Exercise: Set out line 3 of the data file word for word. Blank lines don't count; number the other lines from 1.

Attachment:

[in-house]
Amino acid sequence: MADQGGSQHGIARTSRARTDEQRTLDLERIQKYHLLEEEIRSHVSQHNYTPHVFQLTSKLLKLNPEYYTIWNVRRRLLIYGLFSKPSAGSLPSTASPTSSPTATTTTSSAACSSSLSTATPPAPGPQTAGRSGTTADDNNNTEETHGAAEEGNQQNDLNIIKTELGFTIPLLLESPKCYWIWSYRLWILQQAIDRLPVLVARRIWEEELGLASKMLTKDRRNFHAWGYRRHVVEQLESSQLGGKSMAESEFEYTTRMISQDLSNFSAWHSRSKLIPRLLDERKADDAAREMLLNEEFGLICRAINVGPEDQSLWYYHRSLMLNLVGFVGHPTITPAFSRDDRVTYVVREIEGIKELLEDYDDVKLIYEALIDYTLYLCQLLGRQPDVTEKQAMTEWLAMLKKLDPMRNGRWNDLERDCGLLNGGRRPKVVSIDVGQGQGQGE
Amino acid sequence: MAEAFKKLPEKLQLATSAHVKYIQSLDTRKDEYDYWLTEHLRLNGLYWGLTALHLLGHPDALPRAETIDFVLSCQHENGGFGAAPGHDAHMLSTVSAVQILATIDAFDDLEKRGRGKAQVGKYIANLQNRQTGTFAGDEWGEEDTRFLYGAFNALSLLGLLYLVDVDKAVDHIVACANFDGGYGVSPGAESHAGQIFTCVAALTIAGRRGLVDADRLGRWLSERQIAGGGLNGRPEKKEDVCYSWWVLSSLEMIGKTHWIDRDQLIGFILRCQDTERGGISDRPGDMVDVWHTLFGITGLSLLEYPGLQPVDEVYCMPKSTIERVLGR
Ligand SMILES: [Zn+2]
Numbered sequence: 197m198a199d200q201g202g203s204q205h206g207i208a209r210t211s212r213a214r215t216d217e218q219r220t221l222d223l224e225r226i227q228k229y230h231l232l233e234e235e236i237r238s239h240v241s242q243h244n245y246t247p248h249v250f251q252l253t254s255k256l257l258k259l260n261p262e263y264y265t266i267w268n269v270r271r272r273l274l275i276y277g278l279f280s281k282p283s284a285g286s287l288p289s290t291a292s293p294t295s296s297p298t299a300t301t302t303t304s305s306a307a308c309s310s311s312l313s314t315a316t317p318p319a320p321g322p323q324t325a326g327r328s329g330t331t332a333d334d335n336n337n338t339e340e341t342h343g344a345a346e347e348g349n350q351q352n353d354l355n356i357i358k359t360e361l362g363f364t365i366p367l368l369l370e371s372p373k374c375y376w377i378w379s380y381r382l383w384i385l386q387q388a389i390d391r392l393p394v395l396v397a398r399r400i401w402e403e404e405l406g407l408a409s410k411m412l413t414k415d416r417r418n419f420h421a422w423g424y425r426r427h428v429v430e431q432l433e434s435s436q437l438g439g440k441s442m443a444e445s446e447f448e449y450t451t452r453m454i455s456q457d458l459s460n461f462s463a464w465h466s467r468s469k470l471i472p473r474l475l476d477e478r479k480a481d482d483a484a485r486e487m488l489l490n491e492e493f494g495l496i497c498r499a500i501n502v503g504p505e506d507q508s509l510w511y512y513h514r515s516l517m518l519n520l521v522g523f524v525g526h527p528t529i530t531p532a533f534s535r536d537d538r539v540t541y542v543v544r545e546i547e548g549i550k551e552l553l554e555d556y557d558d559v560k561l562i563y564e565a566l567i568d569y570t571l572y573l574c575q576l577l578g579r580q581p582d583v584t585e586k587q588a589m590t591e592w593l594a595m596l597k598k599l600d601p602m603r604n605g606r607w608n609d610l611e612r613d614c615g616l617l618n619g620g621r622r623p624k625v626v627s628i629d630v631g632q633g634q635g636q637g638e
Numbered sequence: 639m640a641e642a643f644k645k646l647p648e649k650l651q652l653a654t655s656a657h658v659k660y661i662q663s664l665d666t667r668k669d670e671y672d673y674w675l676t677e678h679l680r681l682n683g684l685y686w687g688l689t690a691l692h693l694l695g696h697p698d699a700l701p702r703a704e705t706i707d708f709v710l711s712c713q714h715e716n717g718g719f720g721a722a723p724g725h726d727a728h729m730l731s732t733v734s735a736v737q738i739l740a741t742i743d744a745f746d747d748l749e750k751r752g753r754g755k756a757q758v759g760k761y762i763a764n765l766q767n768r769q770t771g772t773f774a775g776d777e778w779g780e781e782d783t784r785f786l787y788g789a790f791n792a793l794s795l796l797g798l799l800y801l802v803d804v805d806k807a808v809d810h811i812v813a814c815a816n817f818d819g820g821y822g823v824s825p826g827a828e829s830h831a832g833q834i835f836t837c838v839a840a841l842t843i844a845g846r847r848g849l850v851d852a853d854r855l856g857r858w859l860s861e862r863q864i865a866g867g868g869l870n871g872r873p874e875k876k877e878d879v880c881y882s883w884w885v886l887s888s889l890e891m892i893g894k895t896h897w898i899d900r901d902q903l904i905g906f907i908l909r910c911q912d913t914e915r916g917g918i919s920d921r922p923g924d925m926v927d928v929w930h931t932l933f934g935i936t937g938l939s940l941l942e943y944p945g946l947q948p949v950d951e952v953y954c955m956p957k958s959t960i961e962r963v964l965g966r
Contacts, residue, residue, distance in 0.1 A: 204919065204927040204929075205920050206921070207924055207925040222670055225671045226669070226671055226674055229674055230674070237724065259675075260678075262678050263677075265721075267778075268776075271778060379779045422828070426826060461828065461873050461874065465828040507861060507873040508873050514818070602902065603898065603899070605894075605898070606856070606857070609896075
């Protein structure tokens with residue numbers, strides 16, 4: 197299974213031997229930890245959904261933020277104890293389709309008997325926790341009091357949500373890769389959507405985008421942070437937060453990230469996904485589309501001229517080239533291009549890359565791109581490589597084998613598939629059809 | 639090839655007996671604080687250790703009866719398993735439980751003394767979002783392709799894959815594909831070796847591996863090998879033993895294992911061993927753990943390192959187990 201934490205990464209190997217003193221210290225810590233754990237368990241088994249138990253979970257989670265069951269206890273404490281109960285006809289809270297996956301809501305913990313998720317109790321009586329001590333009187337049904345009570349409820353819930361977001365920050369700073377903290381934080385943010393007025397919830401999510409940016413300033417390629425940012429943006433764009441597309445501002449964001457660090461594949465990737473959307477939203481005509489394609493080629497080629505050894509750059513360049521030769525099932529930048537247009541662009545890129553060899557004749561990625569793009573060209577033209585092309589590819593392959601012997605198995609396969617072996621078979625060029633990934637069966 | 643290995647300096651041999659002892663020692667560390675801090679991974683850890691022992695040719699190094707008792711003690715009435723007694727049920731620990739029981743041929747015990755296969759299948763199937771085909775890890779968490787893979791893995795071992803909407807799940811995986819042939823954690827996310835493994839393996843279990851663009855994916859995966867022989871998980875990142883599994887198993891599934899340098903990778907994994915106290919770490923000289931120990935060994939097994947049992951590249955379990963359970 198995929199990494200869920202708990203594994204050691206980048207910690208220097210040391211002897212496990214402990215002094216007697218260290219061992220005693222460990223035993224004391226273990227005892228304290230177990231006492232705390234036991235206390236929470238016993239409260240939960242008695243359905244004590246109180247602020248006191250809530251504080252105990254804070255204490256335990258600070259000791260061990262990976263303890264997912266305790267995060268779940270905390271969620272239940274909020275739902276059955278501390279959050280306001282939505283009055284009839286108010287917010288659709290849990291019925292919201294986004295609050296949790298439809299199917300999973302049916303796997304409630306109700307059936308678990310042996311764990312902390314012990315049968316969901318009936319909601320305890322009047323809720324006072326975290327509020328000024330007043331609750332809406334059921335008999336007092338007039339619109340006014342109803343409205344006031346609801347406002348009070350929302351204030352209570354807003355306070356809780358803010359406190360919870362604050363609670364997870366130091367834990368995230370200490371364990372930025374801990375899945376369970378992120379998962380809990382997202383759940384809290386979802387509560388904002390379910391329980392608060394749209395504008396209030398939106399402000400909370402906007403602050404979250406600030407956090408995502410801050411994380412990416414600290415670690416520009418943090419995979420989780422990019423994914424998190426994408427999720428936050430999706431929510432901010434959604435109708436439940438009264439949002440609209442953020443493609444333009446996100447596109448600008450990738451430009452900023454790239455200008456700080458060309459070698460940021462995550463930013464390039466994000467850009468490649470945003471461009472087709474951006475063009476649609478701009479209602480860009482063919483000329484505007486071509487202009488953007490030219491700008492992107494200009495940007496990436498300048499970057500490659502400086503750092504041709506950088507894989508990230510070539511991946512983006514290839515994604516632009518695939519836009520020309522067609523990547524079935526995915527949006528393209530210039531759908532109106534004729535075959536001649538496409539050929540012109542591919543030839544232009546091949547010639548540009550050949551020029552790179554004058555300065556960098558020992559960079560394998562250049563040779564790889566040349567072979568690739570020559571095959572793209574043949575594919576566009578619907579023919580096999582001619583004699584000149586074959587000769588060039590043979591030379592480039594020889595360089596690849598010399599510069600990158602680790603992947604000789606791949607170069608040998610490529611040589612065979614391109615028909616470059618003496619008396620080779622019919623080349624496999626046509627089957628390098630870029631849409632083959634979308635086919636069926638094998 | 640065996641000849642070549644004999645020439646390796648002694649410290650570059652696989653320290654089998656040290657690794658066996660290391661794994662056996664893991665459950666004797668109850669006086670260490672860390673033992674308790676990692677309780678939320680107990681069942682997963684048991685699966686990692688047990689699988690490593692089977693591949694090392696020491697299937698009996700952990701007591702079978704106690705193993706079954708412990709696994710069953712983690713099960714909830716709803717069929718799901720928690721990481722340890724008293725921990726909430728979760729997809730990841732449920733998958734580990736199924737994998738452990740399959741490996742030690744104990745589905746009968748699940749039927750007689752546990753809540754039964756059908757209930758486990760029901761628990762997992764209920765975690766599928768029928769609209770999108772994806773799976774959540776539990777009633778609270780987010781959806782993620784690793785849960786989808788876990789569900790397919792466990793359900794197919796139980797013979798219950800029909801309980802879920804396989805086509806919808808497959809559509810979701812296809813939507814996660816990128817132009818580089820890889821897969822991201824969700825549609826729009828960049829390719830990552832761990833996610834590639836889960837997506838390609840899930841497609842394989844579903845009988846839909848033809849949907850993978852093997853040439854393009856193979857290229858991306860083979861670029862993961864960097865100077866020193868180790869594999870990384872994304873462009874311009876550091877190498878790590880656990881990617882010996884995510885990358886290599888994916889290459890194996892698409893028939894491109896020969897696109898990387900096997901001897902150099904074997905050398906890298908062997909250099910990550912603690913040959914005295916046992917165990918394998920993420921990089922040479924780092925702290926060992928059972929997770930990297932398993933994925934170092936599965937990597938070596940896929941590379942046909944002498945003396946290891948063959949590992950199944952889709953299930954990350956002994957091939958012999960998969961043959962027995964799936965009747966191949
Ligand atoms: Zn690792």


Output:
Amino acid sequence: MAEAFKKLPEKLQLATSAHVKYIQSLDTRKDEYDYWLTEHLRLNGLYWGLTALHLLGHPDALPRAETIDFVLSCQHENGGFGAAPGHDAHMLSTVSAVQILATIDAFDDLEKRGRGKAQVGKYIANLQNRQTGTFAGDEWGEEDTRFLYGAFNALSLLGLLYLVDVDKAVDHIVACANFDGGYGVSPGAESHAGQIFTCVAALTIAGRRGLVDADRLGRWLSERQIAGGGLNGRPEKKEDVCYSWWVLSSLEMIGKTHWIDRDQLIGFILRCQDTERGGISDRPGDMVDVWHTLFGITGLSLLEYPGLQPVDEVYCMPKSTIERVLGR